You might have heard the term microfinance many times. You might also have a rough idea as to what it is and why it is important. Most of us knows that the role of microfinance in economic development is to serve the needs of those who are economically marginalized. But do you know how it actually works? Or how did it all begin? and most importantly how will it shape in future?
In this blog we will try to give answers to all these questions one by one. But before that, let’s understand what microfinance is?
What is microfinance?
Microfinance which is sometimes also referred as microcredit is the banking services that are aimed at low-income or unemployed groups and individuals. The aim is to help those who don’t have the privilege to access financial services.
The banks or financial institutions that participate in this provide microloans that can range from something as small as $100 to something as big as $25,000.
Not only this, many banks also provide additional services like business education, savings accounts, and micro-insurance products. The prime objective of microfinance is to give the poverty-stricken people opportunities to become self-sufficient.
History of Microfinance
The seeds of microfinance were sown in the 70s in the rural areas of Bangladesh. However, there is evidence that there used to be informal borrowing and lending in the APAC region for centuries.
The first modem microfinance transaction involved Dr. Muhammad Yunus of University of Chittagong. Dr. Yunus saw village women who made bamboo stools trapped in a repressive debt cycle. He was surprised to find out that they needed only $27 dollars to get rid of this debt cycle. This incident led him to start the Grameen Bank Project.
Grameen bank is an organization of community development bank that provides small loans without requiring any collateral in exchange. This project began in Jobra and its nearby villages from 1976-1979.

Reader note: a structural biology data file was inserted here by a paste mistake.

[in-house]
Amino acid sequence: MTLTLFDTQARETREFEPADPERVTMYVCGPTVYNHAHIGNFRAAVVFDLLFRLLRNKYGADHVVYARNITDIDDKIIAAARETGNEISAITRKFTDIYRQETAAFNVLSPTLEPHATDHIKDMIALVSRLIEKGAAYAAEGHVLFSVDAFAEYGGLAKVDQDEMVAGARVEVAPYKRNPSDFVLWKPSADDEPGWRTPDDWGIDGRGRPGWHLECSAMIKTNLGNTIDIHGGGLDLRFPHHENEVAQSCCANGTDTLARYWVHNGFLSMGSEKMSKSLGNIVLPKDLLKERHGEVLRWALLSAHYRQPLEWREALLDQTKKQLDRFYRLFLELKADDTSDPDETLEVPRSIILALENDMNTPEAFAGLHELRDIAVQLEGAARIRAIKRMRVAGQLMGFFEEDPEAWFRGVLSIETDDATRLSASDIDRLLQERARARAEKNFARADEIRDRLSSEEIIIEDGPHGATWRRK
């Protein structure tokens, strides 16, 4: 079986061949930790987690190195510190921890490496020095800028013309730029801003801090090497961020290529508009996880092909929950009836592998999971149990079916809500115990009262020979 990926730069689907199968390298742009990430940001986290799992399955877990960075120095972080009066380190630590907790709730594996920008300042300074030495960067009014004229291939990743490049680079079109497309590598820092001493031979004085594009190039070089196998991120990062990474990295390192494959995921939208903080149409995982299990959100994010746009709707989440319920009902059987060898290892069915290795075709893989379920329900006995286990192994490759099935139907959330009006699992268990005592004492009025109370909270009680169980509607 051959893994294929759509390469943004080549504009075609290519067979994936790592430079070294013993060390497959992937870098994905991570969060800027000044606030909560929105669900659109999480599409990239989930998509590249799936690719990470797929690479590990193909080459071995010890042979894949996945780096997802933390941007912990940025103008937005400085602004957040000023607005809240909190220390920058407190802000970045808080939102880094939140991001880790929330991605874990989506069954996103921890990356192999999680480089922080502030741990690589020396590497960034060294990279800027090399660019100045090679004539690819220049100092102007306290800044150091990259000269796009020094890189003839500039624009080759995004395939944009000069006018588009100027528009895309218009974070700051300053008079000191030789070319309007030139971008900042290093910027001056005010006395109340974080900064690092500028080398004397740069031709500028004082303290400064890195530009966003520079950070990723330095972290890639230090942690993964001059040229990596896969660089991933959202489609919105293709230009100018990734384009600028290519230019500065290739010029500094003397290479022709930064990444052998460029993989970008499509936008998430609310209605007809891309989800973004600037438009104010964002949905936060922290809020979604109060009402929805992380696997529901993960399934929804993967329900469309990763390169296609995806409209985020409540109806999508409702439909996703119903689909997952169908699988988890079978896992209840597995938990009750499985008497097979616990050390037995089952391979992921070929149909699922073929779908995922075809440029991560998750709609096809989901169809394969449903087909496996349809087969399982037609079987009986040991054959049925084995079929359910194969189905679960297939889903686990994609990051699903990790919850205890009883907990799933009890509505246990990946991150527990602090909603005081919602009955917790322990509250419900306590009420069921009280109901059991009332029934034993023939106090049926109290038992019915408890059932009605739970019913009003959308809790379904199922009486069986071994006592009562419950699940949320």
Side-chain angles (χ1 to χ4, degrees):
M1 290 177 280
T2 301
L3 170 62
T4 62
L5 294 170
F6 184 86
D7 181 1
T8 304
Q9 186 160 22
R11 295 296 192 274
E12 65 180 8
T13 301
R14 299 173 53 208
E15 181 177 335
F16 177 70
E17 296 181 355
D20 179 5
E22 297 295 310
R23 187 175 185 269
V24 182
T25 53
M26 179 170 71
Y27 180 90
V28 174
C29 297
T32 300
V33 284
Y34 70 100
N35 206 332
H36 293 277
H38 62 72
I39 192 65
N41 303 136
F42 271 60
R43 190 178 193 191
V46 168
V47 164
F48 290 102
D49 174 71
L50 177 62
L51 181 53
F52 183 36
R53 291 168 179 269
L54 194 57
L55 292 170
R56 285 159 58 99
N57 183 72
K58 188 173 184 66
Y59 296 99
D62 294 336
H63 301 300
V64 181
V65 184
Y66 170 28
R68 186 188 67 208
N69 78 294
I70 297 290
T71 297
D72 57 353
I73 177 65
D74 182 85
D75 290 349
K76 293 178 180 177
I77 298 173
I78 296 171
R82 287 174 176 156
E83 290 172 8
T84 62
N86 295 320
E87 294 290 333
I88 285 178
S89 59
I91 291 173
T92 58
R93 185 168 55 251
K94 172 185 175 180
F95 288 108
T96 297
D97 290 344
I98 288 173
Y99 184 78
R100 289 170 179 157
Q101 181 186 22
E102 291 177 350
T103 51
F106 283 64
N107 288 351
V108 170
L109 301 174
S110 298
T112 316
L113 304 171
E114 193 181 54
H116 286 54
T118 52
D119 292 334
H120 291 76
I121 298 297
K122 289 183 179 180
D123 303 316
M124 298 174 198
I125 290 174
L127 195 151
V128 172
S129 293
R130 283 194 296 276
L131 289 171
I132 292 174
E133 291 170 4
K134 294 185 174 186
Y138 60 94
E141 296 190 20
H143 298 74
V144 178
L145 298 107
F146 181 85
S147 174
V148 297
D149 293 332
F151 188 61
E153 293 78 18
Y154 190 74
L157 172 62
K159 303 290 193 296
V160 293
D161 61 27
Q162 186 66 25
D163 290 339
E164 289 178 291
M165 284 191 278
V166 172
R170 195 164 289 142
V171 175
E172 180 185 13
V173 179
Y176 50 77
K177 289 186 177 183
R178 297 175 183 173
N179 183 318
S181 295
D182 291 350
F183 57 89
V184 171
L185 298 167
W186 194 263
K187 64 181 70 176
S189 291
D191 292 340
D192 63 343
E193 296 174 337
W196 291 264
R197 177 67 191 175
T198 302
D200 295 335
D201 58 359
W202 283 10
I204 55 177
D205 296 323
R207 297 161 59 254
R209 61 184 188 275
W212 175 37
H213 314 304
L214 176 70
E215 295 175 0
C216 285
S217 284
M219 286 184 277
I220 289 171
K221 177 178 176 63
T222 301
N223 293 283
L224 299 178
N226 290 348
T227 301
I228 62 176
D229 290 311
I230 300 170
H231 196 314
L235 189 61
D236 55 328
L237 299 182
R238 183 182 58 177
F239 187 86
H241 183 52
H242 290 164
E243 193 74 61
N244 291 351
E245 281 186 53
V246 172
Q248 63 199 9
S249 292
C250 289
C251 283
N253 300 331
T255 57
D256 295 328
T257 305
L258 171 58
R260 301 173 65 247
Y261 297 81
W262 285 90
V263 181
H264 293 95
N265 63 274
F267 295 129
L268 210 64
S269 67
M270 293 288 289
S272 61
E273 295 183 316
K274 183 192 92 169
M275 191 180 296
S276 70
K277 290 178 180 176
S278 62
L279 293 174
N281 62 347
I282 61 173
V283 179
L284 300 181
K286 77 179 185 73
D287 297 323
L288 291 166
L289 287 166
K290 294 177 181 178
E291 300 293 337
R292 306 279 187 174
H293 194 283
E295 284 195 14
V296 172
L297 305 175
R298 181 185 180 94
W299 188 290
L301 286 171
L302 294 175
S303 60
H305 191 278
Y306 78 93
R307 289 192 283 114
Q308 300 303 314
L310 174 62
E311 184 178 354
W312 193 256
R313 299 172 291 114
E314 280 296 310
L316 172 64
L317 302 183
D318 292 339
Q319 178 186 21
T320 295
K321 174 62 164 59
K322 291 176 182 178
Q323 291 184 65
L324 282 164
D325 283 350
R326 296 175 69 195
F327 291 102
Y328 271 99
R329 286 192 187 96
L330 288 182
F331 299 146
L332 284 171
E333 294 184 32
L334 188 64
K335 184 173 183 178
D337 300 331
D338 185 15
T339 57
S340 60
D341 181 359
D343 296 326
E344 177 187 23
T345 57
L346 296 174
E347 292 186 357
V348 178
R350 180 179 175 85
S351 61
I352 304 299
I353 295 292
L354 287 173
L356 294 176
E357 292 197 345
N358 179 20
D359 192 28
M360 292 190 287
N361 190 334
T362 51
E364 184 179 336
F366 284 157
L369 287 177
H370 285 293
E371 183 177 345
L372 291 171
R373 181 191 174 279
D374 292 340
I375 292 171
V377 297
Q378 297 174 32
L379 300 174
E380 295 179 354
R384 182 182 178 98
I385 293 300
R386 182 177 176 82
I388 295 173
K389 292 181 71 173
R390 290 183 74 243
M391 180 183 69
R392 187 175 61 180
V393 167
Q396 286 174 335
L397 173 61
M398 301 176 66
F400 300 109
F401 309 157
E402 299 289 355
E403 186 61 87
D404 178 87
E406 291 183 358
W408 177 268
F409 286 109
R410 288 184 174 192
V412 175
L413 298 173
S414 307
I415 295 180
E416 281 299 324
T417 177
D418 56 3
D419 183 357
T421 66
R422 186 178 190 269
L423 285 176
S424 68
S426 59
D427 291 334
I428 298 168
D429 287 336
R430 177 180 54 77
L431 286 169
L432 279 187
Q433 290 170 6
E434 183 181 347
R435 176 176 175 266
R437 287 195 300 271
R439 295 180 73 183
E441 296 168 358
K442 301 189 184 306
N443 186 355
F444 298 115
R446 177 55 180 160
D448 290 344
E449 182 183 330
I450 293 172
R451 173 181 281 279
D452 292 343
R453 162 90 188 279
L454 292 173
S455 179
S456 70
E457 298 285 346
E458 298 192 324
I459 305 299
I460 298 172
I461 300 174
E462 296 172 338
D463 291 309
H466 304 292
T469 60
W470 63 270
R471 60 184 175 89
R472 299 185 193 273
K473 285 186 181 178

During its initial years, the Grameen Bank was sponsored by the Bangladesh’s central bank and other nationalized banks. By the year 1983, the project became an independent bank via a government legislation.
In 2006, Dr. Yunus received the Nobel Peace Prize for his work in the Grameen Bank. The Grameen Bank also received several awards and international recognitions such as the world habitat award, congressional gold medal, US Presidential Medal of Freedom, etc.
It’s currently operational in over 2500 locations and has a workforce of more than 22,000 people. Grameen Bank has the net operating income which is about $120 million.
Grameen Bank was not the only microfinance program in the 70s. Shorebank was another community development bank that was founded in 1974 in Chicago.
The modern use of the expression “microfinancing” has its roots in Grameen bank. However, the history of microfinancing can be traced back in the 1800s, when Lysander Spooner, a theorist wrote about the benefits of small credits to farmers and entrepreneurs as a means to get people out of poverty. Moreover, Friedrich Wilhelm Raiffeisen, founded the very first cooperative lending banks that supported farmers of rural Germany.
Microfinance at present
Today there are more than 10,000 microfinance institutions worldwide. If we talk about the number of borrowers and savers, then the number goes up to more than 70 million. And the total loan portfolio amounts to an estimated $40 billion.
The impact of microfinance has been tremendous. More than 130 million people have been helped by it. (International Finance Corporation)
South Asia region has emerged as the top beneficiary of microfinance as it accounts for approx. 60% of global microfinance borrowers. If we convert this into number then we get over 83 million microfinance borrowers from South Asia.
However, this massive number is only a 5% of South Asia’s total population, which indicates a larger untapped market.
Another important stat about microfinance is that 80% of the first time borrowers are women near poverty. This stat is essential as the major intent behind microfinancing is to provide financial aid to those who otherwise can’t get access to credit. Moreover, there are also some microfinance lenders who encourage financial growth of women by primarily providing credit to them.
Global microfinancing is growing at a rapid pace and the total number of borrowers is expected to reach $180.4 billion by the year 2021. Similarly, the global loan portfolio is estimated to reach $146.8 billion in 2021.
As discussed earlier, the definition of microfinance has usually revolved around that of providing small amount of loans to the underprivileged. However, with time the definition has changed as it now includes many other financial services apart from just microcredit like insurance, payment solutions, savings accounts, etc. Today microfinance means to deliver financial solutions to everyone at an affordable rate.
The first thought that comes to our mind when we hear microfinance and FinTech is quite contrasting. For microfinance, the first thought is usually about small loans worth $200 to $ 500 for setting up small businesses.